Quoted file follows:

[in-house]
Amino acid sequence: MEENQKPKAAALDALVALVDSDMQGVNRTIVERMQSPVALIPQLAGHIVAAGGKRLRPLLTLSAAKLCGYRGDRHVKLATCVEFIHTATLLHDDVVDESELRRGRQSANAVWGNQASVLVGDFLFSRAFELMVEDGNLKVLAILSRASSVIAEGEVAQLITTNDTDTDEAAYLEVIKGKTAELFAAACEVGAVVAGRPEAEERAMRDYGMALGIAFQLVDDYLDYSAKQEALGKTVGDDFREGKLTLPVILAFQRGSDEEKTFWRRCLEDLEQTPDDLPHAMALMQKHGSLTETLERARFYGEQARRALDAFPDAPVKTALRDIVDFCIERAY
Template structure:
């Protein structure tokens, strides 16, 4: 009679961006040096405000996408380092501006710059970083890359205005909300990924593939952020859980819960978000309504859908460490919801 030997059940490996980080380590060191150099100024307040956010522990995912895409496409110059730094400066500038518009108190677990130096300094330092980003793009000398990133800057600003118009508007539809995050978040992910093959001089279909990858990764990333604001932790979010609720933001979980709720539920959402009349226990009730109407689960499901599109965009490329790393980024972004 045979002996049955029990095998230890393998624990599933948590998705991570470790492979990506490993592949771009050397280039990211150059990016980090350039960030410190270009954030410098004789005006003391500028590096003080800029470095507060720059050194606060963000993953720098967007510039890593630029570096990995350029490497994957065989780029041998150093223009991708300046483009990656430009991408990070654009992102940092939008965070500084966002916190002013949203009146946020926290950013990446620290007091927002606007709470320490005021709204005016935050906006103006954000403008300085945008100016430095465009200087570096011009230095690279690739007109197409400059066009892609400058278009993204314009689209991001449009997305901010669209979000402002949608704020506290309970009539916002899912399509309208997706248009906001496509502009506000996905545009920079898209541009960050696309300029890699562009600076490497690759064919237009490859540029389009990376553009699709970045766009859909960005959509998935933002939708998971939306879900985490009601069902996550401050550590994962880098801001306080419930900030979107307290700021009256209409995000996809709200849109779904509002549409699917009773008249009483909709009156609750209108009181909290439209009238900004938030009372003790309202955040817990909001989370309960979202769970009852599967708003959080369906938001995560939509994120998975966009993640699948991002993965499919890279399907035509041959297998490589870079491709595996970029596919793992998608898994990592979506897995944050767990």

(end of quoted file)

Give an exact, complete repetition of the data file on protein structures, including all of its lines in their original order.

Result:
[in-house]
Amino acid sequence: MEENQKPKAAALDALVALVDSDMQGVNRTIVERMQSPVALIPQLAGHIVAAGGKRLRPLLTLSAAKLCGYRGDRHVKLATCVEFIHTATLLHDDVVDESELRRGRQSANAVWGNQASVLVGDFLFSRAFELMVEDGNLKVLAILSRASSVIAEGEVAQLITTNDTDTDEAAYLEVIKGKTAELFAAACEVGAVVAGRPEAEERAMRDYGMALGIAFQLVDDYLDYSAKQEALGKTVGDDFREGKLTLPVILAFQRGSDEEKTFWRRCLEDLEQTPDDLPHAMALMQKHGSLTETLERARFYGEQARRALDAFPDAPVKTALRDIVDFCIERAY
Template structure:
């Protein structure tokens, strides 16, 4: 009679961006040096405000996408380092501006710059970083890359205005909300990924593939952020859980819960978000309504859908460490919801 030997059940490996980080380590060191150099100024307040956010522990995912895409496409110059730094400066500038518009108190677990130096300094330092980003793009000398990133800057600003118009508007539809995050978040992910093959001089279909990858990764990333604001932790979010609720933001979980709720539920959402009349226990009730109407689960499901599109965009490329790393980024972004 045979002996049955029990095998230890393998624990599933948590998705991570470790492979990506490993592949771009050397280039990211150059990016980090350039960030410190270009954030410098004789005006003391500028590096003080800029470095507060720059050194606060963000993953720098967007510039890593630029570096990995350029490497994957065989780029041998150093223009991708300046483009990656430009991408990070654009992102940092939008965070500084966002916190002013949203009146946020926290950013990446620290007091927002606007709470320490005021709204005016935050906006103006954000403008300085945008100016430095465009200087570096011009230095690279690739007109197409400059066009892609400058278009993204314009689209991001449009997305901010669209979000402002949608704020506290309970009539916002899912399509309208997706248009906001496509502009506000996905545009920079898209541009960050696309300029890699562009600076490497690759064919237009490859540029389009990376553009699709970045766009859909960005959509998935933002939708998971939306879900985490009601069902996550401050550590994962880098801001306080419930900030979107307290700021009256209409995000996809709200849109779904509002549409699917009773008249009483909709009156609750209108009181909290439209009238900004938030009372003790309202955040817990909001989370309960979202769970009852599967708003959080369906938001995560939509994120998975966009993640699948991002993965499919890279399907035509041959297998490589870079491709595996970029596919793992998608898994990592979506897995944050767990």